Wednesday, February 23, 2011

Inspiration from a Friend

The following was written by a friend and was shared with his staff in an email. John O'Brien serves as the principal at Rabiner Treatment Center. In many ways, what John has written applies to our work with all students at some level in relation to our aspirations for them.

The more I ponder the more I’m realizing that these children we work with are children without much hope. The Lord knows that we all have high hopes for them, but do they have the same aspirations that we have for them? The difference here is that we can loosely throw around the hopes we have for them, for in our view, the hopes are as plentiful as the grains of sand on an ocean beach, but is that a shared vision? I believe they are holding tightly to the small handful of sand they were able to grab just before they were carried away in the turbulence of their young life and they are not so willing to share their small portion.

We spend many moments attempting to convince them that the future holds wonderful possibilities for them, especially if they would just buckle down and concentrate on the concepts we lay before them. Then when they reject our efforts to help them, and acknowledging here that rejection hurts, we experience frustration. What does frustration look like? What does it sound like? Is your neighbor frustrated? How do you know this? How do you deal with the frustration in you and in others?

I truly believe the answer to that is in our ability to understand who we work with, kids without much hope. So how can we instill hope in the hopeless? Maybe we should start at their level, to where they cling to what little hope they have left. You may think I’ve really lost it but I have seen it work, I just didn’t know what to name it.

If you want to know what they hope for just ask them, not in some superficial way, but in those special moments you have with a kid. You all do it, it’s that time when things are real with these kids and they trust you. Can hope be drawn with a pencil? Can it be written down? Can it be taken through the lens of a camera? Can it be shared through a song by a favorite artist? Can it be discussed in the proper moment? Sharing their small portion is not something any of us can take lightly and it is truly a gift when given. Treat it with all the dignity and humility that you can for it happens rarely, but be ready for it for if we ask, they may answer.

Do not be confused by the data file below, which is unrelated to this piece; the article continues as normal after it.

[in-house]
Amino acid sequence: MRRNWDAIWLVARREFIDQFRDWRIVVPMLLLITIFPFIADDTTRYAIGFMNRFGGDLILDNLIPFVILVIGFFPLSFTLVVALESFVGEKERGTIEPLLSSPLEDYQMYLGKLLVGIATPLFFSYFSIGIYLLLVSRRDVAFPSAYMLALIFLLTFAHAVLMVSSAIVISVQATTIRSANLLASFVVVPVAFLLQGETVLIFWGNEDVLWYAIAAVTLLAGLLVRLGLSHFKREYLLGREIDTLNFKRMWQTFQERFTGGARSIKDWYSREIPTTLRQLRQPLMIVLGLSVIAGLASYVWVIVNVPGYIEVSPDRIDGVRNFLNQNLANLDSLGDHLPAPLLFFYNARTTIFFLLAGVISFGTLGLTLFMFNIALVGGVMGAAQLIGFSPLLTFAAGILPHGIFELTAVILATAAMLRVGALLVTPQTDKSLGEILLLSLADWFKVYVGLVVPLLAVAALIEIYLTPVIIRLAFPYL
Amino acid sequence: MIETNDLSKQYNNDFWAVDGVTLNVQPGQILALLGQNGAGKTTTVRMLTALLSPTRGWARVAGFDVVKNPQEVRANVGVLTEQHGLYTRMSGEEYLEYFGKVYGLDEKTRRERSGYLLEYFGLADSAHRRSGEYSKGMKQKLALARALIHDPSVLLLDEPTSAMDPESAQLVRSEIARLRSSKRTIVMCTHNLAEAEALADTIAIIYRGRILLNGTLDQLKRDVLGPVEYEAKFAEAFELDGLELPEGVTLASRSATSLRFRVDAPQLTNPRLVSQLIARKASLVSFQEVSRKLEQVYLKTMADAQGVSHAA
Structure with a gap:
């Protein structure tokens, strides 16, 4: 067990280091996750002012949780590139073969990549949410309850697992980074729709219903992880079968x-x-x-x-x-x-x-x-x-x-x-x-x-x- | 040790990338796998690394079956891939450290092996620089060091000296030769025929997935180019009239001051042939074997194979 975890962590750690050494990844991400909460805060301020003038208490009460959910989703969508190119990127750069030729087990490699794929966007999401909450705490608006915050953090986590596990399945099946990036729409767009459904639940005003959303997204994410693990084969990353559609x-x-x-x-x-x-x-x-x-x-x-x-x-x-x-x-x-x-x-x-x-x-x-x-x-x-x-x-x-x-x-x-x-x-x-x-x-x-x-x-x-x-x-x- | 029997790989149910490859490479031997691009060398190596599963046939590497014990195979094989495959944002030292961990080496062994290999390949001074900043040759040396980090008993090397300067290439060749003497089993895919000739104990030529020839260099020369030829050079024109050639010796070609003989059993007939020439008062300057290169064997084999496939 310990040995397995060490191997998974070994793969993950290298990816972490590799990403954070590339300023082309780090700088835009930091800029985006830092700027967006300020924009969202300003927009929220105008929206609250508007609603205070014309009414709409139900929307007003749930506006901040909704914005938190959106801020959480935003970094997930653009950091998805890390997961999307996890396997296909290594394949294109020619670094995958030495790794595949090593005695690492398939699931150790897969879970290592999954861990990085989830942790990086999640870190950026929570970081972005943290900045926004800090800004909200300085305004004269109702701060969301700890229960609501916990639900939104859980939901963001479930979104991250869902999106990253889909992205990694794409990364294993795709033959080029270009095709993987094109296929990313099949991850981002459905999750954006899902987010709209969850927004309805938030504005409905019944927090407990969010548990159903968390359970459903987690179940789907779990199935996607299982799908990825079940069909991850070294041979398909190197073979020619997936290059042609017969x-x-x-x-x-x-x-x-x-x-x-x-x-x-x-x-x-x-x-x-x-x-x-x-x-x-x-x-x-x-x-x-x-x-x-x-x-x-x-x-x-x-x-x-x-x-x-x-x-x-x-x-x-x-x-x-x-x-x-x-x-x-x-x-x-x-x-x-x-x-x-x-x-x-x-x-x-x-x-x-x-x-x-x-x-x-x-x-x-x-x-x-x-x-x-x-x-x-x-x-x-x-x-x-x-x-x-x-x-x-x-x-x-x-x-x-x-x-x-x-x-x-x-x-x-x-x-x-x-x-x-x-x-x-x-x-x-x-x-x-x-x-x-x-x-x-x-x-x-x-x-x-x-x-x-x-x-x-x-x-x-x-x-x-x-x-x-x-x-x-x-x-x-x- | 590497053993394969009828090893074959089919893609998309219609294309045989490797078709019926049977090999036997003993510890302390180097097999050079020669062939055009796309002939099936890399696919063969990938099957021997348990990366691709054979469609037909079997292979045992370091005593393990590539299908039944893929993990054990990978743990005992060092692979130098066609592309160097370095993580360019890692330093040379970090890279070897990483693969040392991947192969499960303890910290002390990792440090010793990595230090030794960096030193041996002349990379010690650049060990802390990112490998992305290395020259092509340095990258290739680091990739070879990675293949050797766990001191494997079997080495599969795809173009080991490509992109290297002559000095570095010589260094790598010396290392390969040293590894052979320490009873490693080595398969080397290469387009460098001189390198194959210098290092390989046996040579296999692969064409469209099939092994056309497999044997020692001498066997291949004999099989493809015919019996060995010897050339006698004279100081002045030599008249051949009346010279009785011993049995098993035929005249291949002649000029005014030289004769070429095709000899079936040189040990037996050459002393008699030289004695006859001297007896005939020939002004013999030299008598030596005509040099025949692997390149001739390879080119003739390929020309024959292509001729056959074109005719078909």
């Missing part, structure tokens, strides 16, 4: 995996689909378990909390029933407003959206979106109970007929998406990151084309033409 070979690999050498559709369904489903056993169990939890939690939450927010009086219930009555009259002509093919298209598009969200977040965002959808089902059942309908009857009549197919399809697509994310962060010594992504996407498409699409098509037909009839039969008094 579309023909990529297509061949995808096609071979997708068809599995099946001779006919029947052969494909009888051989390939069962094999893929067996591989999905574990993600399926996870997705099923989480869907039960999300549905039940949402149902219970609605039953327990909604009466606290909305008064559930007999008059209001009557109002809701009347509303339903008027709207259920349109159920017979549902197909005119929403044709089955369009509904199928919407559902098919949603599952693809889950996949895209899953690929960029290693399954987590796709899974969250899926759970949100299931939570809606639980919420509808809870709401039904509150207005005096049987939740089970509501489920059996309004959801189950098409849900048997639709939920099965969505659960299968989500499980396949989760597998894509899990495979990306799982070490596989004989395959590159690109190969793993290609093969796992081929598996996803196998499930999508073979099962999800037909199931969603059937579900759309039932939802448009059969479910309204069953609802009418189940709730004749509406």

Once they share their hopes with us we also get a glimpse of their fears. Think of the fears that these kids have in their life, it’s frightening. Do you think that the void left by the hope that has been torn from them is replaced by fear? I believe it has.

We see the outward sign of those fears daily and wonder why that kid is running from our room, or out the building. Do they trust us enough to come back on their own or do we add to their fear by threatening or humiliating them when they return, or do we welcome them back? That difference says a lot about you in the eyes of these children.

Let’s all work in helping these kids find their own hope so while with us they can reflect, sometime in their own future, back to the time spent with us as a significant moment in their life’s journey.

Staff, thanks for all you do for the children entrusted to our care, job

John J. O'Brien
Principal, Manson Northwest Webster
Rabiner Treatment Center
1762 Johnson Ave.
Ft. Dodge, IA 50501

Wednesday, January 19, 2011

The Future Is Now.... For Education

There has been much talk within and outside the walls of Manson Northwest Webster about what education should look like. Many within the community experienced education that looks like the picture below. Straight rows, lecture based, listening to the “all knowing teacher.” That was the education that many of us grew up in. So what should education look like, sound like, feel like? This becomes the debate for many.